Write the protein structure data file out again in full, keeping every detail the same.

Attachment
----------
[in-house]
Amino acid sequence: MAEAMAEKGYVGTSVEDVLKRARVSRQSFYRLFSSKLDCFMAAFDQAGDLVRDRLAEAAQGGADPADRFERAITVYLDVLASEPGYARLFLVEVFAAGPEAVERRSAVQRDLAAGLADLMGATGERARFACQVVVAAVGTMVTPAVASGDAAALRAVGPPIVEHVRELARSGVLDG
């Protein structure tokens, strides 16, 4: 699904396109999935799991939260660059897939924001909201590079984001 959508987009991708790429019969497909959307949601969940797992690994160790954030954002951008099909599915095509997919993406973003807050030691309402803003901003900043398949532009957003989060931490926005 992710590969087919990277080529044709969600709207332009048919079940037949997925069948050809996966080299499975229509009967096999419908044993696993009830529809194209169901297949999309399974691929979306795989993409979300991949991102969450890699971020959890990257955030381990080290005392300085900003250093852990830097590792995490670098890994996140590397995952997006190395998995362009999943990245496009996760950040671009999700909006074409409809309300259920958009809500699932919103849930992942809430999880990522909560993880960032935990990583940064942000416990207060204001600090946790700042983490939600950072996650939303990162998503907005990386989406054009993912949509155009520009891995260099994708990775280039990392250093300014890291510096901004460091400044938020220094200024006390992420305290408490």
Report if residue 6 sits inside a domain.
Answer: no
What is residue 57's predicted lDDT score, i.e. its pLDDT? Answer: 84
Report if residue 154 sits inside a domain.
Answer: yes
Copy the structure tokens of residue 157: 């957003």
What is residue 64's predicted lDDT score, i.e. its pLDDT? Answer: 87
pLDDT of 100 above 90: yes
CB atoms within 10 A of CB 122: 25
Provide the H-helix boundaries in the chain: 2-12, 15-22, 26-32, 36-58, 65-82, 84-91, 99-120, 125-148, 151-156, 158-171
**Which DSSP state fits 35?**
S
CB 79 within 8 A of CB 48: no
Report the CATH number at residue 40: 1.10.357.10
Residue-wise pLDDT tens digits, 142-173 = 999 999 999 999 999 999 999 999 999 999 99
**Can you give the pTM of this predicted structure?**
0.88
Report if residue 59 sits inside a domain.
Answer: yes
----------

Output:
[in-house]
Amino acid sequence: MAEAMAEKGYVGTSVEDVLKRARVSRQSFYRLFSSKLDCFMAAFDQAGDLVRDRLAEAAQGGADPADRFERAITVYLDVLASEPGYARLFLVEVFAAGPEAVERRSAVQRDLAAGLADLMGATGERARFACQVVVAAVGTMVTPAVASGDAAALRAVGPPIVEHVRELARSGVLDG
């Protein structure tokens, strides 16, 4: 699904396109999935799991939260660059897939924001909201590079984001 959508987009991708790429019969497909959307949601969940797992690994160790954030954002951008099909599915095509997919993406973003807050030691309402803003901003900043398949532009957003989060931490926005 992710590969087919990277080529044709969600709207332009048919079940037949997925069948050809996966080299499975229509009967096999419908044993696993009830529809194209169901297949999309399974691929979306795989993409979300991949991102969450890699971020959890990257955030381990080290005392300085900003250093852990830097590792995490670098890994996140590397995952997006190395998995362009999943990245496009996760950040671009999700909006074409409809309300259920958009809500699932919103849930992942809430999880990522909560993880960032935990990583940064942000416990207060204001600090946790700042983490939600950072996650939303990162998503907005990386989406054009993912949509155009520009891995260099994708990775280039990392250093300014890291510096901004460091400044938020220094200024006390992420305290408490």
Report if residue 6 sits inside a domain.
Answer: no
What is residue 57's predicted lDDT score, i.e. its pLDDT? Answer: 84
Report if residue 154 sits inside a domain.
Answer: yes
Copy the structure tokens of residue 157: 């957003």
What is residue 64's predicted lDDT score, i.e. its pLDDT? Answer: 87
pLDDT of 100 above 90: yes
CB atoms within 10 A of CB 122: 25
Provide the H-helix boundaries in the chain: 2-12, 15-22, 26-32, 36-58, 65-82, 84-91, 99-120, 125-148, 151-156, 158-171
**Which DSSP state fits 35?**
S
CB 79 within 8 A of CB 48: no
Report the CATH number at residue 40: 1.10.357.10
Residue-wise pLDDT tens digits, 142-173 = 999 999 999 999 999 999 999 999 999 999 99
**Can you give the pTM of this predicted structure?**
0.88
Report if residue 59 sits inside a domain.
Answer: yes